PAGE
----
A woman who accused a student of rape after dragging him into a public toilet for sex was spared jail yesterday.
Bisexual Sarah-Jane Hilliard, 20, seduced Grant Bowers when the two bumped into each other during a night out clubbing.
[…]She had denied perverting the course of justice.
Mr Bowers – who says he is now afraid to speak to women – said: ‘It’s absolutely ridiculous. That’s not even a slap on the wrist. She’s been let off and I’m still having to sneak around because there are still people after me who think I did it.’
It was more than a week after his arrest that Mr Bowers discovered he was not to be charged.
But during that time Hilliard, who was in a relationship with a woman, contacted the Criminal Injuries Compensation Board in the hope of claiming up to £7,500.
Mr Bowers’s father Tony, 48, said: ‘My son was facing up to ten years in prison for rape on the strength of her lies. The least I expected was for her to have been given a prison sentence.
[…]Hilliard’s lie began to unravel when police were unable to find CCTV footage of the pair leaving the club.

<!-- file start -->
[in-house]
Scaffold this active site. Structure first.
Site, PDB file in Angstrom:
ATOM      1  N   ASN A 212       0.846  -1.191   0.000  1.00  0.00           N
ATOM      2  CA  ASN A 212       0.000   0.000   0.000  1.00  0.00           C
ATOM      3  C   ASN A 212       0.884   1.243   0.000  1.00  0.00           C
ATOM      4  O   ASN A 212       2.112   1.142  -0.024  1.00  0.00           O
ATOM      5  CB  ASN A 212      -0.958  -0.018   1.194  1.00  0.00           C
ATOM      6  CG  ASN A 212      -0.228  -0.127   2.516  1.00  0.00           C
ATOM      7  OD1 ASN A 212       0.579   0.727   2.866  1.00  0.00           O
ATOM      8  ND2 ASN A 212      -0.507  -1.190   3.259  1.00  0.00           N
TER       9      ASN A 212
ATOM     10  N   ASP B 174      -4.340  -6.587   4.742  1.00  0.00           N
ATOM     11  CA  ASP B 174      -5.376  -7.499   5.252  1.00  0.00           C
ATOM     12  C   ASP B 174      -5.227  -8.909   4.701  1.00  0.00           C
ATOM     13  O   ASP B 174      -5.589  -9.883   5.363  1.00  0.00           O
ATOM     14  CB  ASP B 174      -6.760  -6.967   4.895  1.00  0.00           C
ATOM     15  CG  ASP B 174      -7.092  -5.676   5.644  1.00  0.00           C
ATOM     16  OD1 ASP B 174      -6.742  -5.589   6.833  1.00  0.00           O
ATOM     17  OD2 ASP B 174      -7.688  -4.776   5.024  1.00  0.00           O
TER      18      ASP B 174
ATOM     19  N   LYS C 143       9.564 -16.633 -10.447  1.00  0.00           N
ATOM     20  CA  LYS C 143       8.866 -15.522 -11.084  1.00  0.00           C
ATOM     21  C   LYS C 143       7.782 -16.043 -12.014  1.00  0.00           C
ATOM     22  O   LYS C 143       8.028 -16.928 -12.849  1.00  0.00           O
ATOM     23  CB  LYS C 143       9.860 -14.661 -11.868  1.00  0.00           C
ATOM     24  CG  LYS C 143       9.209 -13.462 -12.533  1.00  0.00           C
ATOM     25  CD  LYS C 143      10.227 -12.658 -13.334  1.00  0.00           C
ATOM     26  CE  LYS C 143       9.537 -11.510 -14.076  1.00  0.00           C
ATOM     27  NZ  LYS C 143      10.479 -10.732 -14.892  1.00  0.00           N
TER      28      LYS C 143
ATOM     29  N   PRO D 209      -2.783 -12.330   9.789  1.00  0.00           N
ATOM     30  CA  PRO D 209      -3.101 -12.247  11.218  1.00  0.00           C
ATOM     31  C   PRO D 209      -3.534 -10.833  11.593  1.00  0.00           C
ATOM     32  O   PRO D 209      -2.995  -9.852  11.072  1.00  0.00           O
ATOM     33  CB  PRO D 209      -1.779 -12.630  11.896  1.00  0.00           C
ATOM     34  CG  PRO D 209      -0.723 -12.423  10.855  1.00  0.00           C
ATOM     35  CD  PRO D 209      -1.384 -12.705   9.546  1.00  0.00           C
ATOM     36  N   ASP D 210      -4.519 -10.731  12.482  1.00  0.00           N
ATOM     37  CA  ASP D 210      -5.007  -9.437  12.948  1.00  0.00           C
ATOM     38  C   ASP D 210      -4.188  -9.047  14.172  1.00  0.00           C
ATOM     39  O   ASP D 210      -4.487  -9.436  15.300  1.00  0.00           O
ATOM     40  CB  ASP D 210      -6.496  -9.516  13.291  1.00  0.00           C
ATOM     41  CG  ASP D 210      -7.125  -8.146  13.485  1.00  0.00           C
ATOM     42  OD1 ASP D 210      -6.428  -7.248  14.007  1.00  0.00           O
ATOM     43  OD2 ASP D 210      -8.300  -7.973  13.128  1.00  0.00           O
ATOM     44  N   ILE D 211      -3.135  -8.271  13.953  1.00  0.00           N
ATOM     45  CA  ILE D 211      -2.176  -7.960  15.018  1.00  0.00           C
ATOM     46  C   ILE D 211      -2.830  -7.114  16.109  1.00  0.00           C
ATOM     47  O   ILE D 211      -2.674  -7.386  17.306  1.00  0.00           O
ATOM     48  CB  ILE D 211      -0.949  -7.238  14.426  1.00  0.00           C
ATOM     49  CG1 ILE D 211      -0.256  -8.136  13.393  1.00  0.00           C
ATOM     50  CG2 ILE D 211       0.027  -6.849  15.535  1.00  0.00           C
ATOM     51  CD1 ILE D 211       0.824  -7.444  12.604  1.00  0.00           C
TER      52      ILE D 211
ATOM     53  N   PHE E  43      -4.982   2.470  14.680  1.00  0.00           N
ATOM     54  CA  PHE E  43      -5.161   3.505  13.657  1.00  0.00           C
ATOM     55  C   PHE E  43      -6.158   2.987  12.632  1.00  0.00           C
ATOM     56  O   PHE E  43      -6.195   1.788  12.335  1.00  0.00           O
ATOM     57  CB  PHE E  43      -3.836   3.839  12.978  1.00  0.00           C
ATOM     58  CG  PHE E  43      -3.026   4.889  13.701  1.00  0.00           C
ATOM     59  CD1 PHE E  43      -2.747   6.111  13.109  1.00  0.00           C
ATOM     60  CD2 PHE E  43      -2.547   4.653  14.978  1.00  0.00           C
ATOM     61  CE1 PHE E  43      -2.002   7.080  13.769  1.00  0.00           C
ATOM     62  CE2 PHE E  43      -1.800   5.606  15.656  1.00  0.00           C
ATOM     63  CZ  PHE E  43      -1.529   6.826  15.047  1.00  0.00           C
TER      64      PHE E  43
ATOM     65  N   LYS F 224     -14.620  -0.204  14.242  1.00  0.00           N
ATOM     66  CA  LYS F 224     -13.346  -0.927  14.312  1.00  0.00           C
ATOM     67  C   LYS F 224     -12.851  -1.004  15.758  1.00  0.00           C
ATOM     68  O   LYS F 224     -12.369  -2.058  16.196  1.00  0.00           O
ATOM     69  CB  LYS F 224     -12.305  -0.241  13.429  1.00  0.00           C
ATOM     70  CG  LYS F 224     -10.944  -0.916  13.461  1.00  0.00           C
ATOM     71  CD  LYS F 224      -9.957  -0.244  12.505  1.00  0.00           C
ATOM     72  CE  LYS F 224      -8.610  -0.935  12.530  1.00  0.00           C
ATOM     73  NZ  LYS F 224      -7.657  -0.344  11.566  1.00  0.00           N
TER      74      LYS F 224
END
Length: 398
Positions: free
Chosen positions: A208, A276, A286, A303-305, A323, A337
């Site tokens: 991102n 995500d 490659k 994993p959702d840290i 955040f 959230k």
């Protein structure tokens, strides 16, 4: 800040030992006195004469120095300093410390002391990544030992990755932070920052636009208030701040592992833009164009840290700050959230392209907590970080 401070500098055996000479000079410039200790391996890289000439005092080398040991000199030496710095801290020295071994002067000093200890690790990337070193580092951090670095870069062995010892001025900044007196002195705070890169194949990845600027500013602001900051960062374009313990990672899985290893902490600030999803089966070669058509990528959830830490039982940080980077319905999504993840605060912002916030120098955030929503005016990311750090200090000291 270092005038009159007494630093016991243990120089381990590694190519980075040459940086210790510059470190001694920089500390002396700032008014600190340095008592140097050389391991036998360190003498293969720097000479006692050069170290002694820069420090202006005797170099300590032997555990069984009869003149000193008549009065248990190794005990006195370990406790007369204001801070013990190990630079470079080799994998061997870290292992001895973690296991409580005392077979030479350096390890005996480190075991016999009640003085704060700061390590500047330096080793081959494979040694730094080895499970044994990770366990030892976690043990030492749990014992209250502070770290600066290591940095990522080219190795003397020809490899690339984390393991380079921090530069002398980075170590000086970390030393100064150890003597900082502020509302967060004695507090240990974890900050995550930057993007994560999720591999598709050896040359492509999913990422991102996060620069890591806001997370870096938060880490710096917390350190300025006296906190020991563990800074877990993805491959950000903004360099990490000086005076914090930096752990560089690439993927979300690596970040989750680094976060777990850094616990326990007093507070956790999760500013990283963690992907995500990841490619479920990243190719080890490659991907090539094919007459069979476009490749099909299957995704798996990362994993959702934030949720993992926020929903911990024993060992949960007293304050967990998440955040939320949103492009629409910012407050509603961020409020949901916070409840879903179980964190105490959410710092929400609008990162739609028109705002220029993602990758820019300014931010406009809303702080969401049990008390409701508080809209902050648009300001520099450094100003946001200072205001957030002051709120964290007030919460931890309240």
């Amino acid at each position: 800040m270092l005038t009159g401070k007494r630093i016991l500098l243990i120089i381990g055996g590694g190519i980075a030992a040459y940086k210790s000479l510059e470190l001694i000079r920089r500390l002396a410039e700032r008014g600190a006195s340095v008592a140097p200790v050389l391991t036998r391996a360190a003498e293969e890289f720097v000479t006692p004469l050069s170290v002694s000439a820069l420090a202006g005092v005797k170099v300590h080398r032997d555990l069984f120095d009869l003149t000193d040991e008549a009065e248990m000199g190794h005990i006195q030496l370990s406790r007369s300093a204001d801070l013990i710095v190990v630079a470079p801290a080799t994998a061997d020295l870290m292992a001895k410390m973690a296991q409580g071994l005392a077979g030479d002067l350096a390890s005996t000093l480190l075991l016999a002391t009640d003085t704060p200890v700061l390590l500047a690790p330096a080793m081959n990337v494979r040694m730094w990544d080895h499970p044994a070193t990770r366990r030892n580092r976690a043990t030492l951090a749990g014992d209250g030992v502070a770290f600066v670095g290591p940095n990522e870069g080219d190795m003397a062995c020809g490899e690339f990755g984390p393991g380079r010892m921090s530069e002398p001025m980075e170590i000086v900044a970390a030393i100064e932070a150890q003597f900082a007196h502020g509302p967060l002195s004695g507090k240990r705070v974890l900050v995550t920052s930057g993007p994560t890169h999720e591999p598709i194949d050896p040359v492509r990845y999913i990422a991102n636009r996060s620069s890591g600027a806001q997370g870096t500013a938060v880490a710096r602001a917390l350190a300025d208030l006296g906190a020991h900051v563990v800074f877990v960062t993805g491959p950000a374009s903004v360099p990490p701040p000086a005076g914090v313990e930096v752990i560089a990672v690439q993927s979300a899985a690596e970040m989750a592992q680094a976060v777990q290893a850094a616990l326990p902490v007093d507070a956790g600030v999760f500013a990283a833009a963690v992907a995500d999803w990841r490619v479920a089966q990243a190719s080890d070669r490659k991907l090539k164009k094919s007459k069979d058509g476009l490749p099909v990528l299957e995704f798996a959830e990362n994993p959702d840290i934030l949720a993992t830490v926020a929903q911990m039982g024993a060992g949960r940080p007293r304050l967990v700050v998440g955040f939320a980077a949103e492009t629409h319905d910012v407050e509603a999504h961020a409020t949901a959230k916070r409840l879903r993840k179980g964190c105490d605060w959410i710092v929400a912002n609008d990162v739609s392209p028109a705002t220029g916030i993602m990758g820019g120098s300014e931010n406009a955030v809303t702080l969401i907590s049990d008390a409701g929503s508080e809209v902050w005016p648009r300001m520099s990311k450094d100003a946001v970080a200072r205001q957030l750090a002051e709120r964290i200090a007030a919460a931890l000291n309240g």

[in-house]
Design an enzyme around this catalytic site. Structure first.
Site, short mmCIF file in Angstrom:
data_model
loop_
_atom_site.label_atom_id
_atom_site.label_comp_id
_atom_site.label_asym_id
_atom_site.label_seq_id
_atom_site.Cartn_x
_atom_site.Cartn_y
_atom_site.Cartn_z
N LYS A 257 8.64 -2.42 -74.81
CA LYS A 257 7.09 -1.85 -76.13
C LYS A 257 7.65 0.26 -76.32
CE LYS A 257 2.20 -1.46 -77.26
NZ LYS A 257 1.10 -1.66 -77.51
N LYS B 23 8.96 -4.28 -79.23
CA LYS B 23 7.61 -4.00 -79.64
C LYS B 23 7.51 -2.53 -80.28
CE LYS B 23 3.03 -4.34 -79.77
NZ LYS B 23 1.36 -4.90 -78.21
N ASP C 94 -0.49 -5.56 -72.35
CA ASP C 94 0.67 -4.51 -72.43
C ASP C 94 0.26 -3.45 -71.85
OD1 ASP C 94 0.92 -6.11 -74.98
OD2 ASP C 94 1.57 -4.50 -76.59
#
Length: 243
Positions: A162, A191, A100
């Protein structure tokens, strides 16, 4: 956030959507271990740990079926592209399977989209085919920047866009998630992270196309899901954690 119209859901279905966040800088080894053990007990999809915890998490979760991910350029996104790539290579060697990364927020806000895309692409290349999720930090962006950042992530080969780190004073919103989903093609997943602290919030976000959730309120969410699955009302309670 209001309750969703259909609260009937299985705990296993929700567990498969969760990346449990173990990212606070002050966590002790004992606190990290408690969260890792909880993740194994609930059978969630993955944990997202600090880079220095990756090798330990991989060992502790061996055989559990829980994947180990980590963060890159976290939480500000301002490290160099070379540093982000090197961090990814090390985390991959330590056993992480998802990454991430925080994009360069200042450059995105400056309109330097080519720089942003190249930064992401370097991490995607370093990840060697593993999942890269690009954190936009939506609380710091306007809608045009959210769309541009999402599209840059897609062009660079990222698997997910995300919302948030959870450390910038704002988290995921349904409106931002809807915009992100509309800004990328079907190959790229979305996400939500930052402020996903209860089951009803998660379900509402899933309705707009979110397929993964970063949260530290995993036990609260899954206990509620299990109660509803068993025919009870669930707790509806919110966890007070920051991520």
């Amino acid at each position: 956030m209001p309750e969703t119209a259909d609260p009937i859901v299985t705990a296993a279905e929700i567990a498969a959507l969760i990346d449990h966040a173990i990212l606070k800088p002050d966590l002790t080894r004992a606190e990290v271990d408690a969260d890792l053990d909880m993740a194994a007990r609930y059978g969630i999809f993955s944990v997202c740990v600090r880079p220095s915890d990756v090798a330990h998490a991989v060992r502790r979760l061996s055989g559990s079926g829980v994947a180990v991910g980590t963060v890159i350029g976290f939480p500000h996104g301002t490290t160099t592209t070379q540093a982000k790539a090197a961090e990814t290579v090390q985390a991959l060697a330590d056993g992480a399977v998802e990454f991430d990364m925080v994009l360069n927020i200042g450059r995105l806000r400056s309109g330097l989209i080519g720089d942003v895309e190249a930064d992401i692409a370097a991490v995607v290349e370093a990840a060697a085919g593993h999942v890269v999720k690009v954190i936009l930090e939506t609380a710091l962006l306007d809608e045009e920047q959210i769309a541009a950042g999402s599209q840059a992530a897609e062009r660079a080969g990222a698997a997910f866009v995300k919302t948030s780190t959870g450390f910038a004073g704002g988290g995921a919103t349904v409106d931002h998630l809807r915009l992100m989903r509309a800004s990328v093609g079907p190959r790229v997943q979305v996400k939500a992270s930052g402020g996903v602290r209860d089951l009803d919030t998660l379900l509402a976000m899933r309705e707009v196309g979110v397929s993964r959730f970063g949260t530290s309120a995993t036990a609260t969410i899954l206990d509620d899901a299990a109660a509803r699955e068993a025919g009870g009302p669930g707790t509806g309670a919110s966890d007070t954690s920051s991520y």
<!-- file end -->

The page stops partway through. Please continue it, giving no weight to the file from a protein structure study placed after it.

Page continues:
A friend admitted they had been at another nightclub called Colors and detectives found CCTV evidence of Hilliard and Mr Bowers, who was 19 at the time, kissing and holding hands.
How should men feel about stories like this?
ECM had sent me this article from the ABA Journal a few days back.
A judge’s race or gender makes for a dramatic difference in the outcome of cases they hear—at least for cases in which race and gender allegedly play a role in the conduct of the parties, according to two recent studies.
The results were the focus of a program about “Diversity on the Bench: Is the ‘Wise Latina’ a Myth?,” sponsored by the ABA Judicial Division at the ABA Midyear Meeting in Orlando on Saturday afternoon.
In federal racial harassment cases, one study (PDF) found that plaintiffs lost just 54 percent of the time when the judge handling the case was an African-American. Yet plaintiffs lost 81 percent of the time when the judge was Hispanic, 79 percent when the judge was white, and 67 percent of the time when the judge was Asian American.
The comprehensive study, by professors from the University of Pittsburgh School of Law and Carnegie Mellon University’s Tepper School of Business, examined a random assortment of 40 percent of all reported racial harassment cases from six federal circuits between 1981 and 2003.
A second study (PDF), looked at 556 federal appellate cases involving allegations of sexual harassment or sex discrimination in violation of Title VII of the Civil Rights Act of 1964. The finding: plaintiffs were at least twice as likely to win if a female judge was on the appellate panel.
Are courts impartial?